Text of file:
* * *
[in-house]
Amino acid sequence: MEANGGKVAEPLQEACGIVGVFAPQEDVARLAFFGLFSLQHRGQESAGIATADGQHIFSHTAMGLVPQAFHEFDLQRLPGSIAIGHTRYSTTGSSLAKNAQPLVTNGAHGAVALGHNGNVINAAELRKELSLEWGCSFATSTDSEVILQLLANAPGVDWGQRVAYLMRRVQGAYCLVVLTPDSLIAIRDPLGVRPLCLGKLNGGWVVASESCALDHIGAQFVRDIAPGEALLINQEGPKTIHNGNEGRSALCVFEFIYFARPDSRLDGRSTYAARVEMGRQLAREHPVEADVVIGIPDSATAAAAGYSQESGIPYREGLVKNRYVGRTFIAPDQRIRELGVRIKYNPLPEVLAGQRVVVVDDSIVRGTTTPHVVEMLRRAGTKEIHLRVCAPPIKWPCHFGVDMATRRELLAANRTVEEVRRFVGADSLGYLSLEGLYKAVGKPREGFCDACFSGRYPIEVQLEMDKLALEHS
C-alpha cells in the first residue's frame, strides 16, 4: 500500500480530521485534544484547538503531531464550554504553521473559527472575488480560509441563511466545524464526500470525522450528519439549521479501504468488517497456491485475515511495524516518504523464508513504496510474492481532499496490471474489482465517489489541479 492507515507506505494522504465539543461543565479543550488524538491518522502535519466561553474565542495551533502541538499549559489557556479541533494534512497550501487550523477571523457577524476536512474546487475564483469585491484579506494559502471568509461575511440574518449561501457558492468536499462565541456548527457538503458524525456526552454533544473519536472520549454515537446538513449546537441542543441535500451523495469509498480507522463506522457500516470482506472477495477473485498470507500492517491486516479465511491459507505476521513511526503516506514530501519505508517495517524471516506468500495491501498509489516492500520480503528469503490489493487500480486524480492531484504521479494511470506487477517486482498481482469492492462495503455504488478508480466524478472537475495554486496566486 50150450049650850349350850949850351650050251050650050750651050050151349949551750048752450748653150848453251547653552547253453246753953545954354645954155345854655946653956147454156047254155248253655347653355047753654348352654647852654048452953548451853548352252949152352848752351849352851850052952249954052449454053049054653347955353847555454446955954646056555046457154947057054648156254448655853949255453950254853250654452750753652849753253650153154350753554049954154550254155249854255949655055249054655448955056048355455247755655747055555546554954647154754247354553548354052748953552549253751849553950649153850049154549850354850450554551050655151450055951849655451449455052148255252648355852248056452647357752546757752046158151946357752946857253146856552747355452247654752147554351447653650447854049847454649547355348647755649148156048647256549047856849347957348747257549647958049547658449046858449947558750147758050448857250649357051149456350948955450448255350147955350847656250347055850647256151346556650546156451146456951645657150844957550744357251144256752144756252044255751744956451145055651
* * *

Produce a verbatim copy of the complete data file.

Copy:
[in-house]
Amino acid sequence: MEANGGKVAEPLQEACGIVGVFAPQEDVARLAFFGLFSLQHRGQESAGIATADGQHIFSHTAMGLVPQAFHEFDLQRLPGSIAIGHTRYSTTGSSLAKNAQPLVTNGAHGAVALGHNGNVINAAELRKELSLEWGCSFATSTDSEVILQLLANAPGVDWGQRVAYLMRRVQGAYCLVVLTPDSLIAIRDPLGVRPLCLGKLNGGWVVASESCALDHIGAQFVRDIAPGEALLINQEGPKTIHNGNEGRSALCVFEFIYFARPDSRLDGRSTYAARVEMGRQLAREHPVEADVVIGIPDSATAAAAGYSQESGIPYREGLVKNRYVGRTFIAPDQRIRELGVRIKYNPLPEVLAGQRVVVVDDSIVRGTTTPHVVEMLRRAGTKEIHLRVCAPPIKWPCHFGVDMATRRELLAANRTVEEVRRFVGADSLGYLSLEGLYKAVGKPREGFCDACFSGRYPIEVQLEMDKLALEHS
C-alpha cells in the first residue's frame, strides 16, 4: 500500500480530521485534544484547538503531531464550554504553521473559527472575488480560509441563511466545524464526500470525522450528519439549521479501504468488517497456491485475515511495524516518504523464508513504496510474492481532499496490471474489482465517489489541479 492507515507506505494522504465539543461543565479543550488524538491518522502535519466561553474565542495551533502541538499549559489557556479541533494534512497550501487550523477571523457577524476536512474546487475564483469585491484579506494559502471568509461575511440574518449561501457558492468536499462565541456548527457538503458524525456526552454533544473519536472520549454515537446538513449546537441542543441535500451523495469509498480507522463506522457500516470482506472477495477473485498470507500492517491486516479465511491459507505476521513511526503516506514530501519505508517495517524471516506468500495491501498509489516492500520480503528469503490489493487500480486524480492531484504521479494511470506487477517486482498481482469492492462495503455504488478508480466524478472537475495554486496566486 50150450049650850349350850949850351650050251050650050750651050050151349949551750048752450748653150848453251547653552547253453246753953545954354645954155345854655946653956147454156047254155248253655347653355047753654348352654647852654048452953548451853548352252949152352848752351849352851850052952249954052449454053049054653347955353847555454446955954646056555046457154947057054648156254448655853949255453950254853250654452750753652849753253650153154350753554049954154550254155249854255949655055249054655448955056048355455247755655747055555546554954647154754247354553548354052748953552549253751849553950649153850049154549850354850450554551050655151450055951849655451449455052148255252648355852248056452647357752546757752046158151946357752946857253146856552747355452247654752147554351447653650447854049847454649547355348647755649148156048647256549047856849347957348747257549647958049547658449046858449947558750147758050448857250649357051149456350948955450448255350147955350847656250347055850647256151346556650546156451146456951645657150844957550744357251144256752144756252044255751744956451145055651